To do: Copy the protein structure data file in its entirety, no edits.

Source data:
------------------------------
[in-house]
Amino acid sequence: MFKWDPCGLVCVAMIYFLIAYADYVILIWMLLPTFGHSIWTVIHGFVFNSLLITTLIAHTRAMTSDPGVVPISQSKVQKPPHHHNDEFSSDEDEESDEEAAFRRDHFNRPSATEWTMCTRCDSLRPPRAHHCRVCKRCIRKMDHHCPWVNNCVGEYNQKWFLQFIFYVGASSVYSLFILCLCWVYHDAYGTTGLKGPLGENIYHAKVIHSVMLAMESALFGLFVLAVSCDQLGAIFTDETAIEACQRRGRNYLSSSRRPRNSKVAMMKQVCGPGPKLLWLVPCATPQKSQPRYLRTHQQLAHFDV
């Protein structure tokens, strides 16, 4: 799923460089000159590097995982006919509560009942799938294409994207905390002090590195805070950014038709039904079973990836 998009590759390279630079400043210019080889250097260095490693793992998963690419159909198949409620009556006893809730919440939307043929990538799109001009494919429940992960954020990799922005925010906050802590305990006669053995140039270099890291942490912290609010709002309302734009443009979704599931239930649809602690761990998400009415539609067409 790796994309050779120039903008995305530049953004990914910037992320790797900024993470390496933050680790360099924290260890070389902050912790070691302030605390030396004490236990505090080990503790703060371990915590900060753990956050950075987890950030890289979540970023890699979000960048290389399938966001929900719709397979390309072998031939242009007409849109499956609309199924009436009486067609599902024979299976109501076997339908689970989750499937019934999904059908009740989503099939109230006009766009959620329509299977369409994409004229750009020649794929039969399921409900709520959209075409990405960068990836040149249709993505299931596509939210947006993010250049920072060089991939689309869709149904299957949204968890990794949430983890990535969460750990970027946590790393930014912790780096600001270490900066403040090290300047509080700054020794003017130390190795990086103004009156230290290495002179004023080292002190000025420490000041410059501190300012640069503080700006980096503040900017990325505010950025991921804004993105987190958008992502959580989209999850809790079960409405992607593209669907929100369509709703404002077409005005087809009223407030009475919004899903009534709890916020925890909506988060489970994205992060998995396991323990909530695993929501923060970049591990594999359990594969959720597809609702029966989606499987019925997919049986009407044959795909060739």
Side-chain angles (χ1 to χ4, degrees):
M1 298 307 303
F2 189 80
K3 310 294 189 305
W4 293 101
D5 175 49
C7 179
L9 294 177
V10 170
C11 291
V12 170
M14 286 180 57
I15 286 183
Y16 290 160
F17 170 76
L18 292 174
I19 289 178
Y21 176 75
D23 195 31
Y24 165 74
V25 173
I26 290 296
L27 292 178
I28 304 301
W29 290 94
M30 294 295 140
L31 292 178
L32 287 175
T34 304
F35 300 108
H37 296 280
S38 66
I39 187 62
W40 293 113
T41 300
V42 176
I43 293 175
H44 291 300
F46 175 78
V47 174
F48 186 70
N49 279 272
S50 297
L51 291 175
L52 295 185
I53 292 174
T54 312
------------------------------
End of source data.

[in-house]
Amino acid sequence: MFKWDPCGLVCVAMIYFLIAYADYVILIWMLLPTFGHSIWTVIHGFVFNSLLITTLIAHTRAMTSDPGVVPISQSKVQKPPHHHNDEFSSDEDEESDEEAAFRRDHFNRPSATEWTMCTRCDSLRPPRAHHCRVCKRCIRKMDHHCPWVNNCVGEYNQKWFLQFIFYVGASSVYSLFILCLCWVYHDAYGTTGLKGPLGENIYHAKVIHSVMLAMESALFGLFVLAVSCDQLGAIFTDETAIEACQRRGRNYLSSSRRPRNSKVAMMKQVCGPGPKLLWLVPCATPQKSQPRYLRTHQQLAHFDV
């Protein structure tokens, strides 16, 4: 799923460089000159590097995982006919509560009942799938294409994207905390002090590195805070950014038709039904079973990836 998009590759390279630079400043210019080889250097260095490693793992998963690419159909198949409620009556006893809730919440939307043929990538799109001009494919429940992960954020990799922005925010906050802590305990006669053995140039270099890291942490912290609010709002309302734009443009979704599931239930649809602690761990998400009415539609067409 790796994309050779120039903008995305530049953004990914910037992320790797900024993470390496933050680790360099924290260890070389902050912790070691302030605390030396004490236990505090080990503790703060371990915590900060753990956050950075987890950030890289979540970023890699979000960048290389399938966001929900719709397979390309072998031939242009007409849109499956609309199924009436009486067609599902024979299976109501076997339908689970989750499937019934999904059908009740989503099939109230006009766009959620329509299977369409994409004229750009020649794929039969399921409900709520959209075409990405960068990836040149249709993505299931596509939210947006993010250049920072060089991939689309869709149904299957949204968890990794949430983890990535969460750990970027946590790393930014912790780096600001270490900066403040090290300047509080700054020794003017130390190795990086103004009156230290290495002179004023080292002190000025420490000041410059501190300012640069503080700006980096503040900017990325505010950025991921804004993105987190958008992502959580989209999850809790079960409405992607593209669907929100369509709703404002077409005005087809009223407030009475919004899903009534709890916020925890909506988060489970994205992060998995396991323990909530695993929501923060970049591990594999359990594969959720597809609702029966989606499987019925997919049986009407044959795909060739």
Side-chain angles (χ1 to χ4, degrees):
M1 298 307 303
F2 189 80
K3 310 294 189 305
W4 293 101
D5 175 49
C7 179
L9 294 177
V10 170
C11 291
V12 170
M14 286 180 57
I15 286 183
Y16 290 160
F17 170 76
L18 292 174
I19 289 178
Y21 176 75
D23 195 31
Y24 165 74
V25 173
I26 290 296
L27 292 178
I28 304 301
W29 290 94
M30 294 295 140
L31 292 178
L32 287 175
T34 304
F35 300 108
H37 296 280
S38 66
I39 187 62
W40 293 113
T41 300
V42 176
I43 293 175
H44 291 300
F46 175 78
V47 174
F48 186 70
N49 279 272
S50 297
L51 291 175
L52 295 185
I53 292 174
T54 312